http://www.darack.com/sawtalosar/

Sad to say, but the SEALs killed 0 bad guys, of which there was only about 6-8, with two of them video taping the attack. The SEALs probably never saw who was attacking them. It was over quick.
Wow, I just read through that link. Thanks for posting.
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What crack pipe fever dream did that idiotic drivel come out of?
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Old 07-03-2013, 06:30   #7
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Not to second-guess the dead or be disrespectful in any way, but I read an interview with Marcus Luttrell (before his book came out) and was a bit surprised as to how this event played out, from a leadership perspective. According to Luttrell, when the two (I think it was two) villagers were discovered, the leader of the group, Murphy, actually polled his team as to what to do with them -- let them go or kill them. According to Luttrell, two of the team, including Murphy, wanted to release the villagers, one of the team wanted to kill them, and one was neutral. The decision to release the villagers doomed both the Seal team and, as a result, their rescuers. I was pretty surprised that a Seal team leader (or any leader, really) would poll his troops on such a critical decision. I was also surprised that they let the villagers go. I always thought that these guys are taught that "the mission comes first." I am not in any way denigrating their bravery or meaning to be disrespectful, since they paid the ultimate price. But I think the honest question needs to be asked, so future teams can avoid the same mistake: Was this the right way to handle the situation?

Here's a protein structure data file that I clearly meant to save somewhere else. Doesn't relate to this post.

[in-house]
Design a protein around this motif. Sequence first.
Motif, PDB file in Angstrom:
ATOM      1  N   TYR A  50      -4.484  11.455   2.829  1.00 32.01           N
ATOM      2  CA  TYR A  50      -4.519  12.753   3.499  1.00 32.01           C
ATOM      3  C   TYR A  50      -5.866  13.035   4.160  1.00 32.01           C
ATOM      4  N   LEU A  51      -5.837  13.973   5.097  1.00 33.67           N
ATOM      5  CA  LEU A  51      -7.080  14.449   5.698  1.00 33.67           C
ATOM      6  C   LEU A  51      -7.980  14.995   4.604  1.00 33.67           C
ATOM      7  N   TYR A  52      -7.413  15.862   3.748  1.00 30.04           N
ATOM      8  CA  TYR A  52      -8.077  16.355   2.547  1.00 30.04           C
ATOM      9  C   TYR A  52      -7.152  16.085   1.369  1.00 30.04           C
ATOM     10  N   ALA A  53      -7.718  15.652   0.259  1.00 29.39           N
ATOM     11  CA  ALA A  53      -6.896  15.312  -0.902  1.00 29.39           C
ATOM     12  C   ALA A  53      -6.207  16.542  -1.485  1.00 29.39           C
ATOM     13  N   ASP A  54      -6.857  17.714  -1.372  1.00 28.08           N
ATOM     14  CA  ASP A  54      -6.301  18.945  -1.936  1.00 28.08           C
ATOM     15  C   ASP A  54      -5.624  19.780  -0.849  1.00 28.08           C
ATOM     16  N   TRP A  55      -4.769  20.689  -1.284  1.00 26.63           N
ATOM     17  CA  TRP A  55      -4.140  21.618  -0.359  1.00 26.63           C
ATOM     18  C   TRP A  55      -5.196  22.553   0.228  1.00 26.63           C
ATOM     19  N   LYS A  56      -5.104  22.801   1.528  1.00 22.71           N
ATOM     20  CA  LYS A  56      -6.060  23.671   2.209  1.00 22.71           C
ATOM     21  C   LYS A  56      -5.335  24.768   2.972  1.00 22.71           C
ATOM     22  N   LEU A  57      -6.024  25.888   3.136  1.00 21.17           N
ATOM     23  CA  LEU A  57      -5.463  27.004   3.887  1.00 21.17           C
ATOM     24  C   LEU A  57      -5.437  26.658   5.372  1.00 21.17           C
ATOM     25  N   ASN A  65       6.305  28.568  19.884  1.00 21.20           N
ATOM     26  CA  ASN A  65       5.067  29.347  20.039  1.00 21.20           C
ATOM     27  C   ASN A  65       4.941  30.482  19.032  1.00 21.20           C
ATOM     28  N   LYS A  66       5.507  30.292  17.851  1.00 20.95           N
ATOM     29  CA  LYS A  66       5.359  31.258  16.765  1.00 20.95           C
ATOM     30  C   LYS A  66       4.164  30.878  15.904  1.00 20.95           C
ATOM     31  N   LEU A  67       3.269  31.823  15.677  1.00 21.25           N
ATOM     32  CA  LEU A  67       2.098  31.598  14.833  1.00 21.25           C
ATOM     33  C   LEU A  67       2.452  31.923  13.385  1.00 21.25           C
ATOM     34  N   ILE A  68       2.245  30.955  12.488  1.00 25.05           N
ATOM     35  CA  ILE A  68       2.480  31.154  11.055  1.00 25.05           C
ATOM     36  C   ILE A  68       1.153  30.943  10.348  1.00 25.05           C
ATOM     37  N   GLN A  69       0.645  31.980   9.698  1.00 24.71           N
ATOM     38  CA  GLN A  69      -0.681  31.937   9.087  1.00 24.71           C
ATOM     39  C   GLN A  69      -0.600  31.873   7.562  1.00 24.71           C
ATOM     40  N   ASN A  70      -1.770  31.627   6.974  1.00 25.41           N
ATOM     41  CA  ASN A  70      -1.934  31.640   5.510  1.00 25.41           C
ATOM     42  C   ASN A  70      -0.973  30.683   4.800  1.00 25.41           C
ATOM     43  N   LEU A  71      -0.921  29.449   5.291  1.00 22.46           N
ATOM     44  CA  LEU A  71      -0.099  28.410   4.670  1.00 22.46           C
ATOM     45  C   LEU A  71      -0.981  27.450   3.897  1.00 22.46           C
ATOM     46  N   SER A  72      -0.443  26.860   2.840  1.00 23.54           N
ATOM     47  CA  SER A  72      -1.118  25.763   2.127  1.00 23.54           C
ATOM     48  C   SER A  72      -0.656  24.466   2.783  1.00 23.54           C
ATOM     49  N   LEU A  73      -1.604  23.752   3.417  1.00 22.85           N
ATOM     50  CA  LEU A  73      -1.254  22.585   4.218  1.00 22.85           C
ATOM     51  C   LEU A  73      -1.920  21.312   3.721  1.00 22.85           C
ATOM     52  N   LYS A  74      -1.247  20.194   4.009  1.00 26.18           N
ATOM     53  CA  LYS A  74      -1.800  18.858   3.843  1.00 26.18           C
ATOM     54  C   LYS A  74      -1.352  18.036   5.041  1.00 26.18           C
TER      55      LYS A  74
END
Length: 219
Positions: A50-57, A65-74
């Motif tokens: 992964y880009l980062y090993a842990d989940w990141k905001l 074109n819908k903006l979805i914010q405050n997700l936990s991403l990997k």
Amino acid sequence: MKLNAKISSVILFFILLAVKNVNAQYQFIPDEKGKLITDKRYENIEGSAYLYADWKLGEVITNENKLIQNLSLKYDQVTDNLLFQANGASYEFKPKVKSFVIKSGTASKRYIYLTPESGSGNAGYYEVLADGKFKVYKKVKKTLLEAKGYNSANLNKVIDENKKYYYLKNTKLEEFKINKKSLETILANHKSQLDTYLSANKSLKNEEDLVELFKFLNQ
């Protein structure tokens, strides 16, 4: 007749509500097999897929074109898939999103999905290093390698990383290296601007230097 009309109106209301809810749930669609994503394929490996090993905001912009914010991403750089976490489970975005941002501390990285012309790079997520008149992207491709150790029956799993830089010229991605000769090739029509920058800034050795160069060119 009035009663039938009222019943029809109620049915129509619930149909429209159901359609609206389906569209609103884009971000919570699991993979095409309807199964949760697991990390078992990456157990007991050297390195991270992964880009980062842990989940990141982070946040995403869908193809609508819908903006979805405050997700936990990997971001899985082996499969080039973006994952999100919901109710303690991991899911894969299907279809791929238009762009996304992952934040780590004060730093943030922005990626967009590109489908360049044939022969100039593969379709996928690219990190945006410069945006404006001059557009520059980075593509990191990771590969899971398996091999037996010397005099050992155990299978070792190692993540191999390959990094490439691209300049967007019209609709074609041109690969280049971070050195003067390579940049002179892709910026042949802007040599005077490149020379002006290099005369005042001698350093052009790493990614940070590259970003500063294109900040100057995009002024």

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Old 07-03-2013, 07:16   #8
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God Bless those who have fallen in battle. God bless those brave souls who fight for our rights and life styles. Thanks have to go out this time of the year to all those who support and supply these brave souls in battle and out in reconnaissance missions.

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Old 07-03-2013, 08:03   #9
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Quote:
Originally Posted by gunsrfun1 View Post